In mathematics, a **comma category** (a special case being a **slice category**) is a construction in category theory. It provides another way of looking at morphisms: instead of simply relating objects of a category to one another, morphisms become objects in their own right. This notion was introduced in 1963 by F. W. Lawvere, although the technique did not become generally known until many years later. Today, it has become particularly important to mathematicians, because several important mathematical concepts can be treated as comma categories. There are also certain guarantees about the existence of limits and colimits in the context of comma categories. The name comes from the notation originally used by Lawvere, which involved the comma punctuation mark. Although standard notation has changed since the use of a comma as an operator is potentially confusing, and even Lawvere dislikes the uninformative term "comma category", the name persists.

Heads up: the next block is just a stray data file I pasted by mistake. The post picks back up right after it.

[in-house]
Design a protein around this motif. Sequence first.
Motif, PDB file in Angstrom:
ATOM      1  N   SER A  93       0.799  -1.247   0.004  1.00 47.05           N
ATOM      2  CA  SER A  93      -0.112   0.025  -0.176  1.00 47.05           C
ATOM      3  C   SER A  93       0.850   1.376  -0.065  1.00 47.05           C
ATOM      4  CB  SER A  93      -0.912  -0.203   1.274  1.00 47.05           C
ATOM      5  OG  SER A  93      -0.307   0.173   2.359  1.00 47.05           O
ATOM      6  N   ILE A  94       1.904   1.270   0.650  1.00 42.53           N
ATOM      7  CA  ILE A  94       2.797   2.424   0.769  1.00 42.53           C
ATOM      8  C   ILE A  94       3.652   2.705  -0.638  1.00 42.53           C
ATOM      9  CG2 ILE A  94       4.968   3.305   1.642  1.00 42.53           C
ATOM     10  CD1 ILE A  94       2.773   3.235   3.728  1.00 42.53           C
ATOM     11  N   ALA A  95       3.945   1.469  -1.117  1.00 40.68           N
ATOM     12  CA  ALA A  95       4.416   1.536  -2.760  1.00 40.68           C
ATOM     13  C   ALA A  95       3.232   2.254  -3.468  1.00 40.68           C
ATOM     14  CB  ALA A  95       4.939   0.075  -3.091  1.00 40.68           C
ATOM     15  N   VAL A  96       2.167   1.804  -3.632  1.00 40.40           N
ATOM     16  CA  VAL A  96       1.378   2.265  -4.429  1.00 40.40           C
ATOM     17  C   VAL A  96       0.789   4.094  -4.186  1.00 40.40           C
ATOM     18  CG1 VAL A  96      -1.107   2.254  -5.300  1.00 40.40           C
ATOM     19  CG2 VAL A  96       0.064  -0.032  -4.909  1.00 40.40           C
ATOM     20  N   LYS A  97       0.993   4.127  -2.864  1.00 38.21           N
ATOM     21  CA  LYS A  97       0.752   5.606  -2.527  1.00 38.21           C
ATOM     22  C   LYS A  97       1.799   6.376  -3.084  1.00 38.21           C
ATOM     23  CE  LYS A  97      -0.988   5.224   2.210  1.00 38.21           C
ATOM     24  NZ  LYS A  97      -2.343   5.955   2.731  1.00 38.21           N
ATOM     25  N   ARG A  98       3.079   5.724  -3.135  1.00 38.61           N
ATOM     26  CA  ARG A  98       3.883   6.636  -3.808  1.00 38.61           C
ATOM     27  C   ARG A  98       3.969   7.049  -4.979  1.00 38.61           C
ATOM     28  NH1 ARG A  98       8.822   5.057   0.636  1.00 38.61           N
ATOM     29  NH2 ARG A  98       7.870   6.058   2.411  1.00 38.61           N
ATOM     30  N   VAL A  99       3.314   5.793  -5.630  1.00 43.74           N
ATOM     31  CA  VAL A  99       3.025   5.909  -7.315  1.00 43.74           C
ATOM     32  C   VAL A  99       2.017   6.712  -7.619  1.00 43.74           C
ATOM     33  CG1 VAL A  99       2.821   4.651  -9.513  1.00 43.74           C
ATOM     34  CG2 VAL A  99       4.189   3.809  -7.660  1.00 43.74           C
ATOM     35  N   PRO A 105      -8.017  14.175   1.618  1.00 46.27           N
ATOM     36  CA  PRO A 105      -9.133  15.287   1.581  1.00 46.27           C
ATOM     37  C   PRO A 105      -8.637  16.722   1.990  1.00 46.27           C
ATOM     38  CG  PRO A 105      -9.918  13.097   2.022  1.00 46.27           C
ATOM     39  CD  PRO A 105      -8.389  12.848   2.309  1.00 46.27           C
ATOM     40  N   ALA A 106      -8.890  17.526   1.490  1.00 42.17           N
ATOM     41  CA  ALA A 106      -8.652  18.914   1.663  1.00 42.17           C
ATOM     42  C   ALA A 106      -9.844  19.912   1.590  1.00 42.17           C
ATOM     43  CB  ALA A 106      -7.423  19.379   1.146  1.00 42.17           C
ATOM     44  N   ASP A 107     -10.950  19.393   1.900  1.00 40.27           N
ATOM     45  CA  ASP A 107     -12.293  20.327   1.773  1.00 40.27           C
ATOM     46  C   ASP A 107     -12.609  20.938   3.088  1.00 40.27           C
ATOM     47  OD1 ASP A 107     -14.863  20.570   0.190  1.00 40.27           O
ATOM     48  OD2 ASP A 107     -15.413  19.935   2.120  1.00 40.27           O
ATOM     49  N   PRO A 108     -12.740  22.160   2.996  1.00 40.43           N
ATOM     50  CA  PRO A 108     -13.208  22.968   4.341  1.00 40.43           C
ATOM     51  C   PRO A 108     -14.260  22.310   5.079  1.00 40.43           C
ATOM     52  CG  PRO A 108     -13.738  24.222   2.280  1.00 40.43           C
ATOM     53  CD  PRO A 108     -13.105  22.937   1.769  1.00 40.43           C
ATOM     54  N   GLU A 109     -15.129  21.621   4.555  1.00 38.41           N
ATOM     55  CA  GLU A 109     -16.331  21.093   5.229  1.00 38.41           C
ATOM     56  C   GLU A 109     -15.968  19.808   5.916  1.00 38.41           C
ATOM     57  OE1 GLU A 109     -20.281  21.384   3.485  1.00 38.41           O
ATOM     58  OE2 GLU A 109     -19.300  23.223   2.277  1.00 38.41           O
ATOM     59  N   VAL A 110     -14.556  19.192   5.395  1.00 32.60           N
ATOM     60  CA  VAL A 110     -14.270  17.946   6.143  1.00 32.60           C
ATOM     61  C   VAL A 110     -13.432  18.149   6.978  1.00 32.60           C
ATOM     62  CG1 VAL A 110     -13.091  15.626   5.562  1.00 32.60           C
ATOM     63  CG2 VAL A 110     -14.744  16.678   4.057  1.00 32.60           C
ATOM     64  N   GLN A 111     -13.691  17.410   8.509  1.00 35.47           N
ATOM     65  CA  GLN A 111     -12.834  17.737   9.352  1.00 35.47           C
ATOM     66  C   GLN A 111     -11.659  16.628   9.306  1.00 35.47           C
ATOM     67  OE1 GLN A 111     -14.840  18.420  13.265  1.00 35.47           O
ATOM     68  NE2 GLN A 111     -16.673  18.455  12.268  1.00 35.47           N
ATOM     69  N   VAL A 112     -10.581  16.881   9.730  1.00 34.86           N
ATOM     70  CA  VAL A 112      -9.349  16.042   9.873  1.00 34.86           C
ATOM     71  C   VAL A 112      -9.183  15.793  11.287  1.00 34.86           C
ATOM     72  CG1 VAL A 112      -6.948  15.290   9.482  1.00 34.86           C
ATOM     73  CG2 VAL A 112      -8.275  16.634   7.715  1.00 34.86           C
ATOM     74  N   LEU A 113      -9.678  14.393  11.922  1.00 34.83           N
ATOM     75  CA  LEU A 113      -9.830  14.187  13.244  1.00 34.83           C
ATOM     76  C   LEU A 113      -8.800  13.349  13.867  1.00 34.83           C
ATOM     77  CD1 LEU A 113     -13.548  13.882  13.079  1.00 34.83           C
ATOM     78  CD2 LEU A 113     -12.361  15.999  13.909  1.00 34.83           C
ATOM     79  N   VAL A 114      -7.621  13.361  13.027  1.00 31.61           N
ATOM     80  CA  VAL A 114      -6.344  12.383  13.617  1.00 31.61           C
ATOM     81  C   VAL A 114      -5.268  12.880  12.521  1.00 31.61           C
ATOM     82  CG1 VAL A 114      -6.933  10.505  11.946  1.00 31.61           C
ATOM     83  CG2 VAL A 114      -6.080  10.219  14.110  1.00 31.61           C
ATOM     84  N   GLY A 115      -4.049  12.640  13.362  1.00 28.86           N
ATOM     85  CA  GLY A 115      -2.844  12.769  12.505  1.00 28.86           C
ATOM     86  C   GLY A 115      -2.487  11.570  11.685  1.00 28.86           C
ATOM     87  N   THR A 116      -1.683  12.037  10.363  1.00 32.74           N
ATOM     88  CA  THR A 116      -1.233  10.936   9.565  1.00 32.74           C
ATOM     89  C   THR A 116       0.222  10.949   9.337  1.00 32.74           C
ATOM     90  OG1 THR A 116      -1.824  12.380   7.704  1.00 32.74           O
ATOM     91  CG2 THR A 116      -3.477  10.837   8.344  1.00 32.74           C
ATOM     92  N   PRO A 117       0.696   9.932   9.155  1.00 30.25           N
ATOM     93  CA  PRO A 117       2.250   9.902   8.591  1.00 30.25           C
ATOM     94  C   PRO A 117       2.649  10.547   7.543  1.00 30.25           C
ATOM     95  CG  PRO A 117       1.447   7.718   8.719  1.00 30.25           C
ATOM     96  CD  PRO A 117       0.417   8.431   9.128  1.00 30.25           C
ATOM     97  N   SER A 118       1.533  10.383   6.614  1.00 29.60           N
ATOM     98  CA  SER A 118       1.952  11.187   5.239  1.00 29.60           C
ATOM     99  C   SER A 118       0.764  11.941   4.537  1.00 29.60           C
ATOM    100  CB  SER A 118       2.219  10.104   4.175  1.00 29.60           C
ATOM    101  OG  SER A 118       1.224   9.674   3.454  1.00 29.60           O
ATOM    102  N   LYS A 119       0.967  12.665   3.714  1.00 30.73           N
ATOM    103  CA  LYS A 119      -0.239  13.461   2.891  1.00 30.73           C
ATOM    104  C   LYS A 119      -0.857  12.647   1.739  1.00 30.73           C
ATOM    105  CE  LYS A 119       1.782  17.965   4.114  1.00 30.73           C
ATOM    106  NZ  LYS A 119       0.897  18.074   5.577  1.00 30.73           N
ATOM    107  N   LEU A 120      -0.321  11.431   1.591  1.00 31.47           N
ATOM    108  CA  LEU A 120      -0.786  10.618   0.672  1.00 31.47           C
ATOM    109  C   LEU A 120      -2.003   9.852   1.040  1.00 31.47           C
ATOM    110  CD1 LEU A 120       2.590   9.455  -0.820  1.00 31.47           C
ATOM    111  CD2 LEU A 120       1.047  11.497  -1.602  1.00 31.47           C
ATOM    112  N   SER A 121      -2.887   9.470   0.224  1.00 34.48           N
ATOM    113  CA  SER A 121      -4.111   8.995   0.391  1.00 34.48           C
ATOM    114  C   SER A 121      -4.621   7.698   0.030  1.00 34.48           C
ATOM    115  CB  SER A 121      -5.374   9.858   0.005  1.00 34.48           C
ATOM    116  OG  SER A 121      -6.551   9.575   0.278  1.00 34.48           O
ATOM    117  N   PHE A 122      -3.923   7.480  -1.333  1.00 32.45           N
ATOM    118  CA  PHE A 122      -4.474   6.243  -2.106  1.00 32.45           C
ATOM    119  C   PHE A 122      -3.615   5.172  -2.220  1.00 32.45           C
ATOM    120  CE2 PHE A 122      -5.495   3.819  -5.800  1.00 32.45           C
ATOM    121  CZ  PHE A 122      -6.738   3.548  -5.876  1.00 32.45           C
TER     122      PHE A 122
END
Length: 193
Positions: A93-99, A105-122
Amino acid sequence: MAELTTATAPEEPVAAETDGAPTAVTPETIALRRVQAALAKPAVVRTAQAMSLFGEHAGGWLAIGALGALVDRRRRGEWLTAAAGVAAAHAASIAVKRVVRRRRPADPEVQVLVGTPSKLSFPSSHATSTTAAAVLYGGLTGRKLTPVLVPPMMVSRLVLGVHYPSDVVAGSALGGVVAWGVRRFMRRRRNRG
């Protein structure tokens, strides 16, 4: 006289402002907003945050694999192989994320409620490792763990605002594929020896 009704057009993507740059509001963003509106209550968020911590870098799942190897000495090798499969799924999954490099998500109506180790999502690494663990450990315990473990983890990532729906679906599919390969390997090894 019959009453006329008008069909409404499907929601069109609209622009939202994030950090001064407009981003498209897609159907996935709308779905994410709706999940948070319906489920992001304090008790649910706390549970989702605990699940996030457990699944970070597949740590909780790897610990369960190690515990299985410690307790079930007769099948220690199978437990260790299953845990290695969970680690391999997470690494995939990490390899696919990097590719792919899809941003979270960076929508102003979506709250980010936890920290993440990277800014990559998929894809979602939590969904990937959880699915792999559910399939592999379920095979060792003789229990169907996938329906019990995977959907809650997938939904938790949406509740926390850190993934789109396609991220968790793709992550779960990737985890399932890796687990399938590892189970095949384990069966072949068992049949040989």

Read more about Comma Category: Definition, Properties

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### Famous quotes containing the words category and/or comma:

“I see no reason for calling my work poetry except that there is no other *category* in which to put it.”

—Marianne Moore (1887–1972)

“From one casual of mine he picked this sentence. “After dinner, the men moved into the living room.” I explained to the professor that this was Ross’s way of giving the men time to push back their chairs and stand up. There must, as we know, be a *comma* after every move, made by men, on this earth.”

—James Thurber (1894–1961)